British officials have met with exiled Afghan women to discuss plans for the world community to help revive education for girls in a post-Taleban Afghanistan.
The meeting was chaired by Cherie Blair, wife of British Prime Minister Tony Blair.
In attendance were Afghan women who fled to Britain after the Taleban took power in Afghanistan five years ago. The Taleban abolished education for girls and barred women from working outside the home.
Mrs. Blair told a news conference that the Taleban's treatment of women was "horrifying." She expressed her solidarity with the aspirations of her Afghan guests. "The women in Afghanistan are entitled, as the women in every country are, to have the same hopes and aspirations for ourselves and for our daughters. A good education, a career outside the home if they want one, the right to health care, and of course, most importantly, a right for their voices to be heard," she said.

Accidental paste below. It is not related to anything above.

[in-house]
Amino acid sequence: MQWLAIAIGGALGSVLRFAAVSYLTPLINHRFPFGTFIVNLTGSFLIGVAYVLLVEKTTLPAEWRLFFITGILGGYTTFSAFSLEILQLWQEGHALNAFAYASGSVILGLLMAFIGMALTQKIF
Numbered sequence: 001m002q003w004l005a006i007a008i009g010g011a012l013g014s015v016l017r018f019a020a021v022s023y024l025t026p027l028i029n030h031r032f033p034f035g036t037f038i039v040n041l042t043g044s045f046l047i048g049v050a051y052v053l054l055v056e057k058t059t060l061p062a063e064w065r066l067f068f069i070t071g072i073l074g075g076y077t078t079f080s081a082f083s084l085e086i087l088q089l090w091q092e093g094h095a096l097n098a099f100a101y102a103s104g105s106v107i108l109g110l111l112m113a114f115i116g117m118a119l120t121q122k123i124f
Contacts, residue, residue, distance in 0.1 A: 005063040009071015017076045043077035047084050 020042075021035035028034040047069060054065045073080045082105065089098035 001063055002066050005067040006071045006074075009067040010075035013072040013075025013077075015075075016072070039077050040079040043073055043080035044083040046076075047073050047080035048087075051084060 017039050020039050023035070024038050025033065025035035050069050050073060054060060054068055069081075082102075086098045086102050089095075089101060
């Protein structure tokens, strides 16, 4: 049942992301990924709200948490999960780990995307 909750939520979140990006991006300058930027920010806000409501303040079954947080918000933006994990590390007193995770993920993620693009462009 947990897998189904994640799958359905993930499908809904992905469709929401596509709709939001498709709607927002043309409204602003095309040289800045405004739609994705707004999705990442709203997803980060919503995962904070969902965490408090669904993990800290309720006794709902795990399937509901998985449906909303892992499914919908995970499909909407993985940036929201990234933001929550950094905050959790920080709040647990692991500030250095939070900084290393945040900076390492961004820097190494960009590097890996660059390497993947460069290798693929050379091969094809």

British Secretary for International Development Clare Short said a 100 day plan would be implemented with U.N. support to revive the school system in Afghanistan. "Children are hungry. So if you provide food at school, parents will send their children to school. And the World Food Program uses a system of providing, at the end of the month, a can of [cooking] oil for girls who have been in school, so you get girls' attendance went right up quite quickly," she said.
Ms. Short just returned to London from a World Bank meeting in Ottawa, and she says that institution revealed a plan to fund reconstruction projects in Afghanistan.